This is according to a new report from the American Veterinary Medical Association (AVMA), which surveyed recent graduates, practice managers, and other professionals for an overview of current industry-wide strengths, changes, and opportunities.
Regarding education, the data showed nearly all graduates (94.6 percent) received job offers upon completing their studies. Sixty percent planned to pursue full-time work and 43.4 percent of total grads were interested in the companion animal sector.
While overall employment numbers are high, debt load, however, is less consistent. A record-high 18.2 percent of individuals reported no debt upon graduation (up from 17.3 percent in 2018), but 10.7 percent reported debt levels of more than $300,000. This disparity varied significantly from school to school: Midwestern University, for example, cited a median debt load of $340,000 (the highest), while Texas A&M averaged $80,000 (the lowest). Overall, the mean debt of the 2019 graduating class was $149,877.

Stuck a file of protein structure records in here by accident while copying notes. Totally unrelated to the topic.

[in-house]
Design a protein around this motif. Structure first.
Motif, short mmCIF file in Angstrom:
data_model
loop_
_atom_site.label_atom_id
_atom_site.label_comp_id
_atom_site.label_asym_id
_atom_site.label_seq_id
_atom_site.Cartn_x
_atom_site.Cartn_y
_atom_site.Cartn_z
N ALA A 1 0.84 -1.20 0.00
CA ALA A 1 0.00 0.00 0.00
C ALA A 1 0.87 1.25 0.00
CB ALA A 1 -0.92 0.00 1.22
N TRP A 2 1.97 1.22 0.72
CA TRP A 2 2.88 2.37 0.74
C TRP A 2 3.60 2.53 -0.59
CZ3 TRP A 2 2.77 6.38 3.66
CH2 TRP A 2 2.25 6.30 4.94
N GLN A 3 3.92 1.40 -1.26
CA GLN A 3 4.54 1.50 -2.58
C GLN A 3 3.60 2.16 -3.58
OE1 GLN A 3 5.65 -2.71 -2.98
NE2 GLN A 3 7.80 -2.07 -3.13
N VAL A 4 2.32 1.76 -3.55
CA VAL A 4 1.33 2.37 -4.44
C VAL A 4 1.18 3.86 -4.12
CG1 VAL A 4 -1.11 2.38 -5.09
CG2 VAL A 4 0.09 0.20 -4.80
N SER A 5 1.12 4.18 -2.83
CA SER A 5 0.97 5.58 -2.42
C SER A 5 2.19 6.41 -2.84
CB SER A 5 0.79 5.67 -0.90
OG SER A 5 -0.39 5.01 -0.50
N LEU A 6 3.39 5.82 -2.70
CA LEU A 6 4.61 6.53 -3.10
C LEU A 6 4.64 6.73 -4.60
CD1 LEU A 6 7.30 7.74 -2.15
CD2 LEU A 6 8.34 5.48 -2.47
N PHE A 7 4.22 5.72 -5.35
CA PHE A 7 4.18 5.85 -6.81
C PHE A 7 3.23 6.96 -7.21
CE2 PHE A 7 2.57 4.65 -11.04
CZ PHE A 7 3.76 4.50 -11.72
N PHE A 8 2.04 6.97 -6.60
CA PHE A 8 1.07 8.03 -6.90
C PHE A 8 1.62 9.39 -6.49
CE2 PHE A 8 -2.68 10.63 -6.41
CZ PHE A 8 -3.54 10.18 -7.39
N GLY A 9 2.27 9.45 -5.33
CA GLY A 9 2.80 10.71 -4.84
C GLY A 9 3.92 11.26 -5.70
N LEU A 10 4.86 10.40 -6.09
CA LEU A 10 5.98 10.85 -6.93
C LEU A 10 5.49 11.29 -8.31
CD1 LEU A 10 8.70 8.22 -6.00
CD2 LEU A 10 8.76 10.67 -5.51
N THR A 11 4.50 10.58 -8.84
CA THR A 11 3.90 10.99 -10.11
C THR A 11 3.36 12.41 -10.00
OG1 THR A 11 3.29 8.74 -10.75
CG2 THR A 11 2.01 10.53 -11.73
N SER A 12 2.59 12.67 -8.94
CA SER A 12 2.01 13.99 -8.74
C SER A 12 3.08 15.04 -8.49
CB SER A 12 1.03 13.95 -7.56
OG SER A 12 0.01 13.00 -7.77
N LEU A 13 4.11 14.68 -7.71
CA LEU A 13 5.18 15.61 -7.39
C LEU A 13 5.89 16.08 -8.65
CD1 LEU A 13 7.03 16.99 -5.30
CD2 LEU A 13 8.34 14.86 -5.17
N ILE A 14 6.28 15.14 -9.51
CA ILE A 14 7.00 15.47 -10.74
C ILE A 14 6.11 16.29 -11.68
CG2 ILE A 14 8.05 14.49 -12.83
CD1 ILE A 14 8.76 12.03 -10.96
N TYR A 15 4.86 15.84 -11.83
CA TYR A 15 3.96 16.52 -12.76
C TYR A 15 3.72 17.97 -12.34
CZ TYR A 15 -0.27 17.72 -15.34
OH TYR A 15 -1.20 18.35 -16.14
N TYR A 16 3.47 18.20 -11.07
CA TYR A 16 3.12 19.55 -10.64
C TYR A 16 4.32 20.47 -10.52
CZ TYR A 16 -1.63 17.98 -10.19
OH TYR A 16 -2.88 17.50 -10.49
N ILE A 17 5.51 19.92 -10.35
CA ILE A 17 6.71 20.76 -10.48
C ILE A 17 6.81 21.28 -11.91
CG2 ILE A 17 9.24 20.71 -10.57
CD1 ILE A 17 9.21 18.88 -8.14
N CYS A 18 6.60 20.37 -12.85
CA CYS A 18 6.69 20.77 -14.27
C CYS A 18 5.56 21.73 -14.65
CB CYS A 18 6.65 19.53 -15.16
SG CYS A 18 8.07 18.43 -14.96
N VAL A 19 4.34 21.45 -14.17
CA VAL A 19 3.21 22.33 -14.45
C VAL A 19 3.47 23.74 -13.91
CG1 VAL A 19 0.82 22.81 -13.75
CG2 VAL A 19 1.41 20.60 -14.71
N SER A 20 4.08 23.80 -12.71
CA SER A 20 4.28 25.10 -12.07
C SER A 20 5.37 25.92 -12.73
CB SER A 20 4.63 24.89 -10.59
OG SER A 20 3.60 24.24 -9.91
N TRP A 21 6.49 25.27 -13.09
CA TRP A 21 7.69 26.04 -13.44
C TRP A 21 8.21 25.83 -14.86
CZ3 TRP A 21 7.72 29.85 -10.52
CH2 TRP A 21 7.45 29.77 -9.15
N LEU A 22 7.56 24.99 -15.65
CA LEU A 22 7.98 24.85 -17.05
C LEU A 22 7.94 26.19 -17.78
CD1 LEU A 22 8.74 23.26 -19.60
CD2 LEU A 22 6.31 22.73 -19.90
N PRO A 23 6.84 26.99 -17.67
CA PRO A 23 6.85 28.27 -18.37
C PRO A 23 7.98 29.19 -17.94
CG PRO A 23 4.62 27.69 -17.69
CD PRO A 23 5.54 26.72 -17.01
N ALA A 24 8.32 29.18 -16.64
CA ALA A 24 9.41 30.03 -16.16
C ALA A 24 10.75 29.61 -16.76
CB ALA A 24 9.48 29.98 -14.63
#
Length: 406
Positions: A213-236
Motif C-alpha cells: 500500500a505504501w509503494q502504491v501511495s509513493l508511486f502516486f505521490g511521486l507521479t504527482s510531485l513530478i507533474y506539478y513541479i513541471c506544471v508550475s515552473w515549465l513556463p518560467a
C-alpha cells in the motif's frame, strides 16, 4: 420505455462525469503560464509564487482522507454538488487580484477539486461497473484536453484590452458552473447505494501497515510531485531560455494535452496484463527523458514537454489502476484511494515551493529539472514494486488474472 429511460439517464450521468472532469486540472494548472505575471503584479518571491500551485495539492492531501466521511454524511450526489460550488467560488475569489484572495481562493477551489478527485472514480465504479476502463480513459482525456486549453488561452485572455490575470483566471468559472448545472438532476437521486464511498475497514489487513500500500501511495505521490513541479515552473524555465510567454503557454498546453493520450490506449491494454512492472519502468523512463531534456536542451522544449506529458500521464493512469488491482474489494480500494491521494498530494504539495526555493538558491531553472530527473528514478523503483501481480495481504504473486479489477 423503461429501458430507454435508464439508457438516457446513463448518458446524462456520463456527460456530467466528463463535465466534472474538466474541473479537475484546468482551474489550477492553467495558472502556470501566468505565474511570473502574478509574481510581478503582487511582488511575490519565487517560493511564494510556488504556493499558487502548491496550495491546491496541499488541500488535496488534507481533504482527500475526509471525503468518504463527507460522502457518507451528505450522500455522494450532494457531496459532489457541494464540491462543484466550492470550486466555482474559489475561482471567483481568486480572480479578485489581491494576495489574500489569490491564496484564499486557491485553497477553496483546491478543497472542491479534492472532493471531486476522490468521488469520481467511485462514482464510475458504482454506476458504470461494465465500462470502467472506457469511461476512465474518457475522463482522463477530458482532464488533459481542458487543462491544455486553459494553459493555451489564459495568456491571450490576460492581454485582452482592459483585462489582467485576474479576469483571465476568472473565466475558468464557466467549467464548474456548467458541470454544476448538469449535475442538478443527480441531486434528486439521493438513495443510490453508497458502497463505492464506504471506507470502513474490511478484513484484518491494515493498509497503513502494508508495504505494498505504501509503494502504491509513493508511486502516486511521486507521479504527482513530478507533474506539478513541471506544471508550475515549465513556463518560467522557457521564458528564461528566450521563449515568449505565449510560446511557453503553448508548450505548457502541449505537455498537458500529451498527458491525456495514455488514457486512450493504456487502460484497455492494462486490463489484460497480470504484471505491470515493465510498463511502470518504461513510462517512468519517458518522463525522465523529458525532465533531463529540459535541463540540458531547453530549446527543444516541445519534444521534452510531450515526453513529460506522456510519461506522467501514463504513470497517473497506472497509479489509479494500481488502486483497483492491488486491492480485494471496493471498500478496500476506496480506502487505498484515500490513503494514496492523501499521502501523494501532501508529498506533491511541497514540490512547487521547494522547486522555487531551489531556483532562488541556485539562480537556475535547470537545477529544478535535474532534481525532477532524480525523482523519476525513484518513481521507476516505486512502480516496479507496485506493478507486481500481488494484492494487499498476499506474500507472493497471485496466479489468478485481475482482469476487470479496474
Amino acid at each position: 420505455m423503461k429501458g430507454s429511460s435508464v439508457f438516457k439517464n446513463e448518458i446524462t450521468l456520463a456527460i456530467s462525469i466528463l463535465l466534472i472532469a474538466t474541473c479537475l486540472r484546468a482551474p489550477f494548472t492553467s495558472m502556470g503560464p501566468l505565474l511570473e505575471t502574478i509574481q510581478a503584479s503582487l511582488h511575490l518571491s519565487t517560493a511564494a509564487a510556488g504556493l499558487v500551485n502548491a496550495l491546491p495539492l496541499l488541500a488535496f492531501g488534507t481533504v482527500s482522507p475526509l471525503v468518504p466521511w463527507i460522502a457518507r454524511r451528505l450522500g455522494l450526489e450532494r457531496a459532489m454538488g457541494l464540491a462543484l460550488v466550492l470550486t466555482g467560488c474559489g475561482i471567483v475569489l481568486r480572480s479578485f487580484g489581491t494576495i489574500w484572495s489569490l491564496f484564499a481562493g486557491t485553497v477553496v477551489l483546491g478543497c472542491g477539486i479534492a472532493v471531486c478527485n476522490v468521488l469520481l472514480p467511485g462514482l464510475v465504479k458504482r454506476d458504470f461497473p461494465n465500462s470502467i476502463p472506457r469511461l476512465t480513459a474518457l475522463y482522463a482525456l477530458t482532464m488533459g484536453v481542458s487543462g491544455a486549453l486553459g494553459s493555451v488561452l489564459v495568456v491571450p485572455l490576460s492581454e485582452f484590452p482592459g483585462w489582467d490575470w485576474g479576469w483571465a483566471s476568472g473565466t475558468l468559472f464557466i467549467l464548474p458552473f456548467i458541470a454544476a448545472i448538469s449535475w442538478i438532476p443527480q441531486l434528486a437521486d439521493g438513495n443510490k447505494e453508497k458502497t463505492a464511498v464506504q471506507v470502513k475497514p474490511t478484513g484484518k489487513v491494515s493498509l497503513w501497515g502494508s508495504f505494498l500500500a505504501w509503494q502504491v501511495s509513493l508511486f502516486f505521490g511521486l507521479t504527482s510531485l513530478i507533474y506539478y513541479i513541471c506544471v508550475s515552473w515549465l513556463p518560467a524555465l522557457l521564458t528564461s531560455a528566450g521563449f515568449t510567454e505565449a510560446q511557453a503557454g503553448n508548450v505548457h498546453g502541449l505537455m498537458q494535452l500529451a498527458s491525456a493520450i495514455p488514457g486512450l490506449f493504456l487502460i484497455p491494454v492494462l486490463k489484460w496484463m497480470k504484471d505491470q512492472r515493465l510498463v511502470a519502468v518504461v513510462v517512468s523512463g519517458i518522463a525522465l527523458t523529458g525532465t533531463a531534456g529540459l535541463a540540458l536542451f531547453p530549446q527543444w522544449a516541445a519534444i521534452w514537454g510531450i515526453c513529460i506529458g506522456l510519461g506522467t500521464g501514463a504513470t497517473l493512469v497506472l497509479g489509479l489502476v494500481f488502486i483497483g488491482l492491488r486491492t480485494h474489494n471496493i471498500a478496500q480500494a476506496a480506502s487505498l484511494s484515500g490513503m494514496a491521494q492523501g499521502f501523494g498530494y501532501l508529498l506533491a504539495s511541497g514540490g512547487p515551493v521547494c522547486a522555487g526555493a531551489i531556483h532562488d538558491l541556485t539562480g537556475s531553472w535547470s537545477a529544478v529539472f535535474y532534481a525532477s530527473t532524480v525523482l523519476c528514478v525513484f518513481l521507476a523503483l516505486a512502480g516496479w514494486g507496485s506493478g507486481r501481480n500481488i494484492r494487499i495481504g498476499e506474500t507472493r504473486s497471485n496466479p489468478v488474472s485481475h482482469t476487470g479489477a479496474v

Female graduates, however, carried an average of $6,900 more debt than their male counterparts. Further, despite dominating the profession in terms of sheer volume (70 percent), women continue to earn less than men by a margin of approximately $2,600.
Pay disparity is also apparent when comparing those who work in urban/suburban areas and those in rural communities, with the latter group netting $3,200 less. Overall, however, average compensation for new grads increased to $70,045 in 2019, up from $65,983 in 2018.
To access AVMA’s 2020 Economic State of the Veterinary Profession, click here.